Turtle adventure! Posted on April 3rd, 2011 by

Our last outing in Petatlán was to the San Valentin sea turtle sanctuary.  Three of the six species of sea turtles that are found at the shores of Mexico lay their eggs on this beach.  Alberto, an ecologist and veterinarian, works with former sea turtle poachers to protect the turtles from those who would steal sea turtle eggs by any means they can, from digging up the ones mother turtles have buried to slicing open the bellies of turtles about to lay their eggs, leaving them to die on the beach.  Alberto and his colleagues patrol the beach in jeeps and ATVs, deterring poachers, helping mother turtles prepare their nests and return to the ocean, and moving the eggs to a fenced-in portion of the beach at their home base, the camp where we stayed Friday night.


The poachers are nonviolent and need only to be observed to abandon their goals, but there are about twenty kilometers of shore to patrol.  Their all-too-frequent success is evident in the many turtle skeletons that litter the beach.  We saw them as we approached the camp and on a tour Alberto gave us, a tour where we also discovered two recently dug sea turtle nests from which eggs had already been stolen.  The contrast of the beauty of the nature around us and the tragedy of its exploitation was striking.


On Friday evening Señora Leticia, her sister, Claudia, the DIF soup kitchen staff, and others graciously prepared for us what was easily the best meal that we have had in a very long time.  (Given the meals that we have had at the soup kitchen, that is saying something.)  Then we went to sleep on the sand next to the sea turtle “nursery.”  At about 2 a.m., Alberto woke Jeffrey so that he could announce to us that a turtle was about to lay her eggs!  (Jeffrey claims to not remember this; it has been a tiring week.)  Those of us alert enough to pile into the jeep or ride along on the ATV quickly went to the site.  We probably were not traveling as fast as it felt, but it felt like we were flying.  The turtle was a 40- to 50-year-old prieta.  Alberto and his colleagues wetted the sand in the nest so that it wouldn’t slide back into the hole that the turtle was digging, and at about 4 a.m. the hole was deep enough to satisfy her and she started laying her eggs.  Alberto dug a side tunnel to the hole so that we could reach in and retrieve the eggs.  The turtle couldn’t tell we were doing this and continued to lay – sometimes the soft eggs, coated with turtle goo, fell on our hands as we pulled others out!  She laid about sixty eggs in total.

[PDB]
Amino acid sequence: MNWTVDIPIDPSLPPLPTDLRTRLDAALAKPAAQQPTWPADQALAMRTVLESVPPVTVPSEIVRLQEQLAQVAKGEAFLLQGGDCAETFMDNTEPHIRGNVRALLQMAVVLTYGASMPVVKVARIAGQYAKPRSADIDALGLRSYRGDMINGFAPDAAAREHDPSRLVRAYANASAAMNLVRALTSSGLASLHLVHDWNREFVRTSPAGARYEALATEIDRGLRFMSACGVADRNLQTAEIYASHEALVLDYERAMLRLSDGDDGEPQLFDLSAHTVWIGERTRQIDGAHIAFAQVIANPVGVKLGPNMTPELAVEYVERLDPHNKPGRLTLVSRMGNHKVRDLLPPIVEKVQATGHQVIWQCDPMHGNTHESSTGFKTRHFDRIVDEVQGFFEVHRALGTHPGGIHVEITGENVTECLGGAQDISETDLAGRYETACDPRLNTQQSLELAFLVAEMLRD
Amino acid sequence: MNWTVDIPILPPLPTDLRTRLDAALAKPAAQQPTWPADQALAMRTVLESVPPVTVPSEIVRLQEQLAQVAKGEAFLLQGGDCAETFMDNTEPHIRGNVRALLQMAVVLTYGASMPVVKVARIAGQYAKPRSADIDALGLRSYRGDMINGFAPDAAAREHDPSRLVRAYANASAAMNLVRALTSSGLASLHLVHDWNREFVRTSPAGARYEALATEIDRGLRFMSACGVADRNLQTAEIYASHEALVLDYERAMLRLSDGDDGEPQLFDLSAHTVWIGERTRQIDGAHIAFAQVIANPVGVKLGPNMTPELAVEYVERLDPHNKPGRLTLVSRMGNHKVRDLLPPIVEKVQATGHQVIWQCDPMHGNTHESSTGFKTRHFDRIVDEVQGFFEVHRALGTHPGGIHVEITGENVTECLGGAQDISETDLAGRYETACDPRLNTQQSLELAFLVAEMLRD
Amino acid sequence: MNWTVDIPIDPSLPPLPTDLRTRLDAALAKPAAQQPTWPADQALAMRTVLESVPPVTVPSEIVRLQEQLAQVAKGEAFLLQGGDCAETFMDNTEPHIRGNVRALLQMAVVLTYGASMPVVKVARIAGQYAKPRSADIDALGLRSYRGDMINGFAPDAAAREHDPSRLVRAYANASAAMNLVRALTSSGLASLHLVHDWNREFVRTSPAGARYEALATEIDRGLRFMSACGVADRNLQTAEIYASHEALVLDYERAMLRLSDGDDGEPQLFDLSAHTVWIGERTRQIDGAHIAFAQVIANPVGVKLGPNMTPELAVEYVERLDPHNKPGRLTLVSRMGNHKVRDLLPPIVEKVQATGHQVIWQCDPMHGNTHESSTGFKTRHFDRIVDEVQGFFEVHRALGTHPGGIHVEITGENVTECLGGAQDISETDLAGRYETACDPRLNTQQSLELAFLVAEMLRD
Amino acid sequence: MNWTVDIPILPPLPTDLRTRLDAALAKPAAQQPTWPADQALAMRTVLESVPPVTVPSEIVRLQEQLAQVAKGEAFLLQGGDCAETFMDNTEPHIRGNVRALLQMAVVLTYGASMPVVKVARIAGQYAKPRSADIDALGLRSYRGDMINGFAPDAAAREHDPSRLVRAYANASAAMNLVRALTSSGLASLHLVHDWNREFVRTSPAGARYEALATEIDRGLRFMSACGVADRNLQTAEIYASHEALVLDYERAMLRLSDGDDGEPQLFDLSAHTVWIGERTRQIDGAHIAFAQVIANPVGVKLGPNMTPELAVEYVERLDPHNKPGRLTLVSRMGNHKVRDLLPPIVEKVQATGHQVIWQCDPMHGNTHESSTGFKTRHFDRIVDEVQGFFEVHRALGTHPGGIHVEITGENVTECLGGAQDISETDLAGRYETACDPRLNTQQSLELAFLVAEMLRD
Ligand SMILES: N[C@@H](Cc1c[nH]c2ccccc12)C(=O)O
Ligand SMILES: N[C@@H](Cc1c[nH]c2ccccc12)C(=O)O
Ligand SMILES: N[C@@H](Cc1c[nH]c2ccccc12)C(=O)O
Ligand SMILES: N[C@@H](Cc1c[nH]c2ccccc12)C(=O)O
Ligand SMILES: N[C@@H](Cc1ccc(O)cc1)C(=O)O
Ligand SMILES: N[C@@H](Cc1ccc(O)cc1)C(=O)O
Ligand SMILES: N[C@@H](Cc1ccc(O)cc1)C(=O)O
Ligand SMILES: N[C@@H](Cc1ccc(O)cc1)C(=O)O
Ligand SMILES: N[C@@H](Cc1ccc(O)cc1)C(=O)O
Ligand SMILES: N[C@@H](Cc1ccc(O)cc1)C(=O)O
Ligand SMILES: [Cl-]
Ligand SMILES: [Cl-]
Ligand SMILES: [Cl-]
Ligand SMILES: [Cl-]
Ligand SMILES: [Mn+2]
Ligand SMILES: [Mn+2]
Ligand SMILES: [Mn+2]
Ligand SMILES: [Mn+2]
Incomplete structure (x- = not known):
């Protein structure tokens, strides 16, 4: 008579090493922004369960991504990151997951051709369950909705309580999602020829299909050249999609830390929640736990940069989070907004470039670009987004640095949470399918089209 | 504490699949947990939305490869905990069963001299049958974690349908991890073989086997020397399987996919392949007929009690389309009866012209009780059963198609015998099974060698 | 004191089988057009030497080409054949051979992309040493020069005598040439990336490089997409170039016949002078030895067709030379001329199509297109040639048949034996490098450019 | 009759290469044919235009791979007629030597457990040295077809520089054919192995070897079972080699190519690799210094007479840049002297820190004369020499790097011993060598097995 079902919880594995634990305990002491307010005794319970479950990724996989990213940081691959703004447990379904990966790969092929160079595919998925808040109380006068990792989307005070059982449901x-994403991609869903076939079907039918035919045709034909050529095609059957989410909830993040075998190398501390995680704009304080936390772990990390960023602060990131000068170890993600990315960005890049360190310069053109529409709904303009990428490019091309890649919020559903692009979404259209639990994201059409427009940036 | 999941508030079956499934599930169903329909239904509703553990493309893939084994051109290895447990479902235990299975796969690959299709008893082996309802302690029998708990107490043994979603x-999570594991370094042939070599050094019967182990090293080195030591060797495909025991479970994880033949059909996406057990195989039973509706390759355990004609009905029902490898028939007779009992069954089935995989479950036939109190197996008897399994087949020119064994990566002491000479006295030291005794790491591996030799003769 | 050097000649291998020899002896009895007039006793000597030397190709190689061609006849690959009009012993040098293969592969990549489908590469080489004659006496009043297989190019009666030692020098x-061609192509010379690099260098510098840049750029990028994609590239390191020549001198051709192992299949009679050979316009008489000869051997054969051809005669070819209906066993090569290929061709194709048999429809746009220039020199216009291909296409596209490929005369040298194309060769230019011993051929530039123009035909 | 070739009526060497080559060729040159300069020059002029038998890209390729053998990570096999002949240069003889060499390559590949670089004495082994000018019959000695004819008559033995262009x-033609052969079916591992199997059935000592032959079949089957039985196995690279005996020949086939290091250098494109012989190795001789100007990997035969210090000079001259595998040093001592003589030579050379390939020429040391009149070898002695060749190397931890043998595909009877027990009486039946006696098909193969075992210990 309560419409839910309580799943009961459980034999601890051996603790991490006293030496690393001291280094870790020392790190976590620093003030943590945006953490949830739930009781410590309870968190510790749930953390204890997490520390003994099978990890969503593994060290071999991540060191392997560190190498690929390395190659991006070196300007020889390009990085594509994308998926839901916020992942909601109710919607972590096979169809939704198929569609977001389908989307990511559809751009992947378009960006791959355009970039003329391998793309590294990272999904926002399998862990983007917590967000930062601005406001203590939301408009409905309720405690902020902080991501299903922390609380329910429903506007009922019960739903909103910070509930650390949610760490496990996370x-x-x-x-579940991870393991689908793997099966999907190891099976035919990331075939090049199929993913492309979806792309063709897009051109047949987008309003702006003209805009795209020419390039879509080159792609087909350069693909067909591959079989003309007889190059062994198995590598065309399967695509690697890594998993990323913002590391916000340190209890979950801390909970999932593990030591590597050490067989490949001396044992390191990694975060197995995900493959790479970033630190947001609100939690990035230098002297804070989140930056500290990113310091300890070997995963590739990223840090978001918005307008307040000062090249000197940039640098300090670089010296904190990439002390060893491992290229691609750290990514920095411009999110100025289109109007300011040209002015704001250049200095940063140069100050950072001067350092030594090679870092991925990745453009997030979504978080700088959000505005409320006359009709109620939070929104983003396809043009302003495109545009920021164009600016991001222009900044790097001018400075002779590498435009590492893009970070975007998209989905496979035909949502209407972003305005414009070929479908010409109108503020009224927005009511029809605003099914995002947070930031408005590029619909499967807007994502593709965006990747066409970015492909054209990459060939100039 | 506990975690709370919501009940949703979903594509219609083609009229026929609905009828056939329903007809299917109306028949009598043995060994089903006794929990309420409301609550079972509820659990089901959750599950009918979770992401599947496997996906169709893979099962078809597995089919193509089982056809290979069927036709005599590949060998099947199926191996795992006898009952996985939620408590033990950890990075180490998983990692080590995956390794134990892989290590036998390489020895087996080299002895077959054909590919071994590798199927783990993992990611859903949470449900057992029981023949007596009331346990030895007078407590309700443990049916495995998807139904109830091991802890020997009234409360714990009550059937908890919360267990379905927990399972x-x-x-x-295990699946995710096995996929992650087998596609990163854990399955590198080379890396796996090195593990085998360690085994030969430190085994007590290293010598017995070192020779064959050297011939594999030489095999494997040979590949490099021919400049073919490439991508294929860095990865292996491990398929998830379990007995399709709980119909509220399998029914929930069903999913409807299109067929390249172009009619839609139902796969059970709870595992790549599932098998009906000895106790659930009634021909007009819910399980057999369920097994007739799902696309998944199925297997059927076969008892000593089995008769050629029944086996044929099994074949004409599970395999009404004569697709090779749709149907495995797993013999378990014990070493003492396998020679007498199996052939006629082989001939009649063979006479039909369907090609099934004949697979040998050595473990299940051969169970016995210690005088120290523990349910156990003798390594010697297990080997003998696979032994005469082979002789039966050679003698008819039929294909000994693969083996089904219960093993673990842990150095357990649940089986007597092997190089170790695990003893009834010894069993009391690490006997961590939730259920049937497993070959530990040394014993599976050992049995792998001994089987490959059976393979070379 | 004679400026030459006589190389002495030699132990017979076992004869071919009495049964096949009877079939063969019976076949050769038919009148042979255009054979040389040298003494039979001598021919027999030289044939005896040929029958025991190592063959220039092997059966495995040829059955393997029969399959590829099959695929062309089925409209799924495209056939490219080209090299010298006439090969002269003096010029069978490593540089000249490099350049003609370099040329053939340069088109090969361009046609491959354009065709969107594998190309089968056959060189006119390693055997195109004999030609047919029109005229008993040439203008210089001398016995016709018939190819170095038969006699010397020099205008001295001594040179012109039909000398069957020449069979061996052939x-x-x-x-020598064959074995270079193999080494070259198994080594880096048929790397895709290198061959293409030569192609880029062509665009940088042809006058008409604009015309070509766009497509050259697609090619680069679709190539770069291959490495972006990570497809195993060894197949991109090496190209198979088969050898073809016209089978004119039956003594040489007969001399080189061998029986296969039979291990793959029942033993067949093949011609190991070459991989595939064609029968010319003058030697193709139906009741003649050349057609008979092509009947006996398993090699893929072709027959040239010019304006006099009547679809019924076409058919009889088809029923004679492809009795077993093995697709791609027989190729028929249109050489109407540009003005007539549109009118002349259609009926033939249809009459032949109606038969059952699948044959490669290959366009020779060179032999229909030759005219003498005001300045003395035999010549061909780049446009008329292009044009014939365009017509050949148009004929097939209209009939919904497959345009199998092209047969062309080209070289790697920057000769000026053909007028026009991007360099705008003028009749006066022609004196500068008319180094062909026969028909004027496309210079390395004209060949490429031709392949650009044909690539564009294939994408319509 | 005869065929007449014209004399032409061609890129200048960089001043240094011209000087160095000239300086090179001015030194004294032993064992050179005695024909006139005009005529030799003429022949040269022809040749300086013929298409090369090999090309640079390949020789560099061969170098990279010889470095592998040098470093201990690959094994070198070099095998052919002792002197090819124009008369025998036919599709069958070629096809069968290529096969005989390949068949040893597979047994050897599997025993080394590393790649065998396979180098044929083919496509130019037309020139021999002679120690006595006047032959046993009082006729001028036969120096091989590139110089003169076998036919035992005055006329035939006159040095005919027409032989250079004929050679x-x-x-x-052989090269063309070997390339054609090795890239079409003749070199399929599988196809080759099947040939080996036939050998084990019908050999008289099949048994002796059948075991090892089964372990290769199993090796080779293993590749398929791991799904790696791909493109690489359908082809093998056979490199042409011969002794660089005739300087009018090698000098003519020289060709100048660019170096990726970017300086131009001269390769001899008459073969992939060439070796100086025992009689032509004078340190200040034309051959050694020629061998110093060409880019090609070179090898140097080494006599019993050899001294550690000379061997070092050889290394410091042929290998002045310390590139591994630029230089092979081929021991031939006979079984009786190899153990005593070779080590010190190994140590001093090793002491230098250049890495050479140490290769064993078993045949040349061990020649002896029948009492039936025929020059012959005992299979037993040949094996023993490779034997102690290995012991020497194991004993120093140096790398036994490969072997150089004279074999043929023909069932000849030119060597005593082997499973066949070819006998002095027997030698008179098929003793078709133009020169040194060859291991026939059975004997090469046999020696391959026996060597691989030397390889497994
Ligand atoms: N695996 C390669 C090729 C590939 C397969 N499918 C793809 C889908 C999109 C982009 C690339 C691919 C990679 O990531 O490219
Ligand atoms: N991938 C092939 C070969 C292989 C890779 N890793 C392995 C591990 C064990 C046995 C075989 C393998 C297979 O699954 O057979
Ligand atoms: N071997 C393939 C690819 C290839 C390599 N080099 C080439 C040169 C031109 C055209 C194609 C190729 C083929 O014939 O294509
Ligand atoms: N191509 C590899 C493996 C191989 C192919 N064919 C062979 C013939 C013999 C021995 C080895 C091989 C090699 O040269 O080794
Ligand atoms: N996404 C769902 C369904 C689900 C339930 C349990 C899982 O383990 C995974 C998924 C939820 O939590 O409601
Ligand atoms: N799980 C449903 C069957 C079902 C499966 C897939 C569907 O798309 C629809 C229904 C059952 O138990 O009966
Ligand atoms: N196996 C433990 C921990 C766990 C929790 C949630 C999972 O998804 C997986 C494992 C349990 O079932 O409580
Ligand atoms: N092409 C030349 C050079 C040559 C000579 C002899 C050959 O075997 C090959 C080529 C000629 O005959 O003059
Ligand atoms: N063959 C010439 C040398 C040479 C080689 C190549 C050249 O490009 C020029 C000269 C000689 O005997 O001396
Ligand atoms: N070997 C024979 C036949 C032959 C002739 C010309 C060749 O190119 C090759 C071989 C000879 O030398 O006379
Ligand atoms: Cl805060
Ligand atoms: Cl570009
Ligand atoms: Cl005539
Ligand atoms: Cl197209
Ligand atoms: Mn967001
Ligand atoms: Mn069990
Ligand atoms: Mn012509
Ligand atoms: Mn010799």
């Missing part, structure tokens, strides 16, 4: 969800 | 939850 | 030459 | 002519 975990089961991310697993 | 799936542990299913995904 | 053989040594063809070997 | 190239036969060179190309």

When the sea turtle was done laying her eggs, she covered up her nest with sand.  Seeming very tired, she made no move towards the ocean, though, and sat in the nest, breathing heavily.  After Alberto scraped barnacles off her shell and head, he and the rest of us carried her over the driftwood to get her closer to the water, and with occasional assistance she made her way to the ocean.  We buried the eggs in the sand of the turtle nursery and settled in to rest at about a quarter after five.


At about 5:30 a.m., Alberto returned to the camp with news that another turtle, a golfina about 15 years old, was about to lay her eggs.  Another group of students and staff collected nearly a hundred eggs from her and returned at about 6:30 a.m.  Unfortunately, none of the eggs in the nursery hatched while we were there, but the ones we rescued will hatch in about six weeks.  The whole evening was a truly amazing experience.


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